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what exactly is c-runtime

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I could not manage to comprehand (understand) this topic -

 

Is c runtime just standard c library static lib added to c compiler

who then can be linked and used? or something other, if

something other what exactly it is? part of this library?

 

 

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Normally refers to the C standard library, linked either as a static lib or a DLL.

 

Some C runtime stuff is automatically added, code to zero out all your uninitialised global variables being one thing that the runtime adds to your program (uninitialised statics and globals aren't included in the EXE, they just have space reserved which is cleared when the program loads, whereas initialised statics and globals do have their data section packaged with the EXE).

 

EDIT: Some c++ stuff is also called the c runtime, e.g. stuff to call global constructors.

Edited by Paradigm Shifter

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Some C runtime stuff is automatically added, code to zero out all your uninitialised global variables being one thing that the runtime adds to your program (uninitialised statics and globals aren't included in the EXE, they just have space reserved which is cleared when the program loads, whereas initialised statics and globals do have their data section packaged with the EXE).

 

Isnt this a work   for windows exe loader more than for the

program itself? I heard something about the initial functions

added (for fpu initialisations and other stuff)  are this functions

logically part of the c stdlib or what? system stuff? compiler stuff?

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The program does it, I think? My main experience is on consoles though. I'm pretty Windows does something similar with regards to stuff that gets called before main. You are right that the compiler adds it in, but I'd still consider it the C runtime since it is basically a static library function that is automatically included by the linker and called before main.

 

EDIT: The rest of the runtime is just library stuff though. C++ has more runtime for global constructor calls and exception support.

Edited by Paradigm Shifter

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As for what it contains --- it has all the stuff in the standard library.  

 

It contains the implementations for all the functions like printf() and fopen() and so on. All those functions from the standard library needed to be implemented by someone, the compiler vendors just pre-built them for your convenience.

 

Also, every compiler I'm aware of also has the source code available for their standard libraries so you can review them, edit them, or include them directly in your project, or otherwise do with them what you want. It can be interesting to read them, especially as sometimes functions are heavily optimized or written in inline assembly, while others are not.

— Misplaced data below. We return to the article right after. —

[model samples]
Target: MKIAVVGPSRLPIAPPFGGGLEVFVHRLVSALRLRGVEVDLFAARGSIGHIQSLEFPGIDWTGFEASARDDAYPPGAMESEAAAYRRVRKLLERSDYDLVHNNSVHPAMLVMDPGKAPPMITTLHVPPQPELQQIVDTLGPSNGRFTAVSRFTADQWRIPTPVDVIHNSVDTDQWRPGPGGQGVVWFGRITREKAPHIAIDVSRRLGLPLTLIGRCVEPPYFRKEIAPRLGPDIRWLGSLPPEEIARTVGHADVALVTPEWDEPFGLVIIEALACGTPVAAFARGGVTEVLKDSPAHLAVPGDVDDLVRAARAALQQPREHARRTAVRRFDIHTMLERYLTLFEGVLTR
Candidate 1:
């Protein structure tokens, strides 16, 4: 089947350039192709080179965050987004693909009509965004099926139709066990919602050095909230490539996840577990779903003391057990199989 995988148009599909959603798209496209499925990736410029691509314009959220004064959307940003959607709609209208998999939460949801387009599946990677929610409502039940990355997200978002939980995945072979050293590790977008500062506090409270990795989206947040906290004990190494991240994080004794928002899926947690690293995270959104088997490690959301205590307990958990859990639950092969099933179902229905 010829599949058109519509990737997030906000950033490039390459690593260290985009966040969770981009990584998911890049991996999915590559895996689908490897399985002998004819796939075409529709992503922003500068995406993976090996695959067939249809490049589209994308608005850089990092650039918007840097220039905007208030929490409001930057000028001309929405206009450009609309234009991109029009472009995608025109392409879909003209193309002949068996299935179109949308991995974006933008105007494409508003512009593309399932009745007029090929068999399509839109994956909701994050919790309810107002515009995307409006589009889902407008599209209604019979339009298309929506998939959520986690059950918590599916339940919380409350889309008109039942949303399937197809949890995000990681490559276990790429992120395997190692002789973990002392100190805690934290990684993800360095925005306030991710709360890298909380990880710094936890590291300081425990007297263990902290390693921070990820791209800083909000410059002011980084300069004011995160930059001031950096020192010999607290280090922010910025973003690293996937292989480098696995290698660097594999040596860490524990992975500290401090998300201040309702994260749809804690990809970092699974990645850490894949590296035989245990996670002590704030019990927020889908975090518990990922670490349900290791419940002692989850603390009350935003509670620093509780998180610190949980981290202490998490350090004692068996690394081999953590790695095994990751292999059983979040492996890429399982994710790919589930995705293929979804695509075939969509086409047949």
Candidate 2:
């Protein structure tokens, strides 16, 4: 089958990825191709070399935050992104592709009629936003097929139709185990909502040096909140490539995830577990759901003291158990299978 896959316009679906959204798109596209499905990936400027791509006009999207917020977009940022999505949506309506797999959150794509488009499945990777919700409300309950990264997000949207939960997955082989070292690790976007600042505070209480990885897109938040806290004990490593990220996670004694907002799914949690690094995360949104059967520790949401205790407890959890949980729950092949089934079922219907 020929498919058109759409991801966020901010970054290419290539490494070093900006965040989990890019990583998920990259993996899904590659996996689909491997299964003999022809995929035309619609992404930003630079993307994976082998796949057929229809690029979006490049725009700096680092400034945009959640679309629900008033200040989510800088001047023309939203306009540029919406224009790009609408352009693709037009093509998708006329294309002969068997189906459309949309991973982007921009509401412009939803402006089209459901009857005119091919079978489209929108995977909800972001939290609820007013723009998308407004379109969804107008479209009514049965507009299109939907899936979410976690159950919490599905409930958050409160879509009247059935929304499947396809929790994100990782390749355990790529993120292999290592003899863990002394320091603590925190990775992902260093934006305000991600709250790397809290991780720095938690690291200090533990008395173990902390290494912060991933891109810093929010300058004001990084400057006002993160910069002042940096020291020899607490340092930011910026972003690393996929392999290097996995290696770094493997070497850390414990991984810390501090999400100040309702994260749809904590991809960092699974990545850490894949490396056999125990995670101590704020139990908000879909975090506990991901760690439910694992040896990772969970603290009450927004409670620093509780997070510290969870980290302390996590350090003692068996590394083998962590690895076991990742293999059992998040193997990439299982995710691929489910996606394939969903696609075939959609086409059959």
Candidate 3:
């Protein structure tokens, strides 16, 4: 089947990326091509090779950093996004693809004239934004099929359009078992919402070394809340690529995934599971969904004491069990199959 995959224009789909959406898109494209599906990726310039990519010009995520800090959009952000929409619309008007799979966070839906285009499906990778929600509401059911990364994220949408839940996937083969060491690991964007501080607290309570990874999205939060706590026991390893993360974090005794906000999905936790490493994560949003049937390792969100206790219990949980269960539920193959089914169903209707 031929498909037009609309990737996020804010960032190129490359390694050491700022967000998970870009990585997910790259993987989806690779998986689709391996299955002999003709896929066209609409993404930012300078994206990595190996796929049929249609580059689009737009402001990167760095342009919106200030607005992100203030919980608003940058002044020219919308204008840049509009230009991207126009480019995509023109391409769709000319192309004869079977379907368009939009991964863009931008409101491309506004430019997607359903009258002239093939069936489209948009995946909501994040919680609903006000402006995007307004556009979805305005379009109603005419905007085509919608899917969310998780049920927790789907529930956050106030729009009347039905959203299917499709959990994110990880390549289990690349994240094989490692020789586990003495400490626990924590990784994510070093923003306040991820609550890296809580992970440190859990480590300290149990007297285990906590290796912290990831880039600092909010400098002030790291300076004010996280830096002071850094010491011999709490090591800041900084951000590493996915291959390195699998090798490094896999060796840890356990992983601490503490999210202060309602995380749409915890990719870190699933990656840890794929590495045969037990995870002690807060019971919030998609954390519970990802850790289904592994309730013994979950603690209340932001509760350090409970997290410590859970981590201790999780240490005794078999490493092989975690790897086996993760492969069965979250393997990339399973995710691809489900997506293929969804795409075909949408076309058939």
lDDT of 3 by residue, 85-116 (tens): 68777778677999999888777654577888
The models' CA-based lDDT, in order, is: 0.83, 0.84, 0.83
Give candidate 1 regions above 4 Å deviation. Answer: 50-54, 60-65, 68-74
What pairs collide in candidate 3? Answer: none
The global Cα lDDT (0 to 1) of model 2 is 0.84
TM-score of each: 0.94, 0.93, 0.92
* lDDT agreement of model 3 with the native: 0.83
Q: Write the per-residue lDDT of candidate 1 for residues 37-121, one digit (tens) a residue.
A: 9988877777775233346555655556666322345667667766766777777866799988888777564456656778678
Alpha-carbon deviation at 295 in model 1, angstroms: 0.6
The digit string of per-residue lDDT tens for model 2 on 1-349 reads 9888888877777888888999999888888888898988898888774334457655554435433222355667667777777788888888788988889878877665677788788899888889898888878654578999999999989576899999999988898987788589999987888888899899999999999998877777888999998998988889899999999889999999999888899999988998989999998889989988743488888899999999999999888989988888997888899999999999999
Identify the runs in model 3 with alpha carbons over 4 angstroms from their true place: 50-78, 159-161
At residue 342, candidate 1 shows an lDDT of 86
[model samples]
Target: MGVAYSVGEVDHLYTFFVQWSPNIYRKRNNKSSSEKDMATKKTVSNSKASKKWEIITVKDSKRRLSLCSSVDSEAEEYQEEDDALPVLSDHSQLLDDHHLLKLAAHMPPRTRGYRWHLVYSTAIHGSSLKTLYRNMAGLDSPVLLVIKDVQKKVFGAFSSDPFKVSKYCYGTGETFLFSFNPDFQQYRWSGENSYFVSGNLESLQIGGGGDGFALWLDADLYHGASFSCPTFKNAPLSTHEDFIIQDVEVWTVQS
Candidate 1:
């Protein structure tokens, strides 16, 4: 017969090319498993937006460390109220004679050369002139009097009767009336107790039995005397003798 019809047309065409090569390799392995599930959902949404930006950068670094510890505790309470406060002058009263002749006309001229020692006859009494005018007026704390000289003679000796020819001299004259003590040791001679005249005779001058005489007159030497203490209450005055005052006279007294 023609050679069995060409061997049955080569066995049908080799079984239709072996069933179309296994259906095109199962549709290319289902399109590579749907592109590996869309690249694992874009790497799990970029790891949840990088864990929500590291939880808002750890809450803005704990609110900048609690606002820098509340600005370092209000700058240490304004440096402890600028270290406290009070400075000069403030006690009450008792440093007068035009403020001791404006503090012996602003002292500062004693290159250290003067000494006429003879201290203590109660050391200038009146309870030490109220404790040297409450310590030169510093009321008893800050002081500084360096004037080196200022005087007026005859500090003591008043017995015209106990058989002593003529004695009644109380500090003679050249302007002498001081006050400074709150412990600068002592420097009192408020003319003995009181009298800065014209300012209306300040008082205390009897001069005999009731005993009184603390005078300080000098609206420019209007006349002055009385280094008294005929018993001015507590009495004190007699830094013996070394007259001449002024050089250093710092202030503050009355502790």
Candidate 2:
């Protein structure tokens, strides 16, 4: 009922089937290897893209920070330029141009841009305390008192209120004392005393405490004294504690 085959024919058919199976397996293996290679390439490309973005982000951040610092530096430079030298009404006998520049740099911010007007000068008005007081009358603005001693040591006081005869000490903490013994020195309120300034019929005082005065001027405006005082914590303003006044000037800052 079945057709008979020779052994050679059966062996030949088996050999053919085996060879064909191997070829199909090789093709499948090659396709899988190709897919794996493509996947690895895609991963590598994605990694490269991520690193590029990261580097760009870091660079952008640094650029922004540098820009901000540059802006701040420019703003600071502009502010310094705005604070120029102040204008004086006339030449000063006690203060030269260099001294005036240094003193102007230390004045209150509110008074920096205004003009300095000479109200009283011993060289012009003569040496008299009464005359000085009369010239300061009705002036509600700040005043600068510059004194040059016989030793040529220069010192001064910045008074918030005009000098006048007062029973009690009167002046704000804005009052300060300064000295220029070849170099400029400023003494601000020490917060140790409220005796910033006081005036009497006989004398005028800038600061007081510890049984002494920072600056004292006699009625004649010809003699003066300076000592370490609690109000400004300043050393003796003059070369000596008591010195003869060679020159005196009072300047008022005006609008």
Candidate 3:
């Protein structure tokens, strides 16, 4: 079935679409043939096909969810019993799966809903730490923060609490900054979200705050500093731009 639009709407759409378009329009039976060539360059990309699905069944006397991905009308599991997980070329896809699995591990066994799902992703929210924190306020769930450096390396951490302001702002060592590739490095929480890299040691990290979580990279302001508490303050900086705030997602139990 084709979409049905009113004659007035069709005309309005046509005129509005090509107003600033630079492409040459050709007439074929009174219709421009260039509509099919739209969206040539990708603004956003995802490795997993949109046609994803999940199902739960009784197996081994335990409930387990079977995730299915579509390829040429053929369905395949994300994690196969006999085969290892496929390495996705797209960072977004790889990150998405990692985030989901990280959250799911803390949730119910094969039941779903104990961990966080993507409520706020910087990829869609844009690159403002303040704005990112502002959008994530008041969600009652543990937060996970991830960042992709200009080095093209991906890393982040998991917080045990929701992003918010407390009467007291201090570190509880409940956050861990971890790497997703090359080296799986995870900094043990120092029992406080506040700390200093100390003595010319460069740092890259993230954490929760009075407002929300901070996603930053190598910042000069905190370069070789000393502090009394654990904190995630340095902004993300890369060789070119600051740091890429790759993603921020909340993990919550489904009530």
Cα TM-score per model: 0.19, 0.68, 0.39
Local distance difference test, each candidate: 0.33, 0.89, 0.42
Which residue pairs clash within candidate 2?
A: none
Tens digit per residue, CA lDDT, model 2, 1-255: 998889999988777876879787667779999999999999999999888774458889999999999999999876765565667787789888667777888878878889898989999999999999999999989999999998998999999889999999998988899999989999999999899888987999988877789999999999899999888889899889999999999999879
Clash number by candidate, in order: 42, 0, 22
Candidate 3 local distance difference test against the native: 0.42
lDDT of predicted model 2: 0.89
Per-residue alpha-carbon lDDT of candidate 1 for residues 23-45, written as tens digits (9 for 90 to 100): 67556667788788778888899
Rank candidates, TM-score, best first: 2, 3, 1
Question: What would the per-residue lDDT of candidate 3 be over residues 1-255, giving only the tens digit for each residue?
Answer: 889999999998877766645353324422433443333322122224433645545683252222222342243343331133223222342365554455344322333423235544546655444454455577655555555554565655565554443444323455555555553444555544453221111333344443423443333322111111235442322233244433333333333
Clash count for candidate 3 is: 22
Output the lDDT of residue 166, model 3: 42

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But this 'init stuff' Is this a part of standard c library (and some standard) or this is more 'compiler side' or 'system side' eho standarizes and implements it, where it belongs to? - can i faind source to it (this init stuff0 

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They are functions in the library just not callable directly by your program. I wouldn't worry about it though? Unless you are writing a compiler? The init stuff is everything that happens before the call or jmp to main, the C standard mandates things which must happen before program execution reaches the main function. (e.g. uninitialised globals are zeroed, stdout, stdin and stderr streams are created for a console app, etc.).

 

EDIT: You can call the functions if you like though, someone posted a link to a minimal EXE program the other week which has to do all the init stuff you need manually, they are documented in the compiler docs probably. You would only do something like that if you wanted the minimum possible EXE size (or wanted to remove dependencies on the C standard library).

Edited by Paradigm Shifter

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But this 'init stuff' Is this a part of standard c library (and some standard) or this is more 'compiler side' or 'system side' eho standarizes and implements it, where it belongs to? - can i faind source to it (this init stuff0 

 

If you want to see them just open up the source. The code isn't a secret.

 

Assuming Visual C++, it is probably located under "C:\Program Files (x86)\Microsoft Visual Studio 12.0\VC\crt\src" if you installed it. I believe it is included in the default install options.

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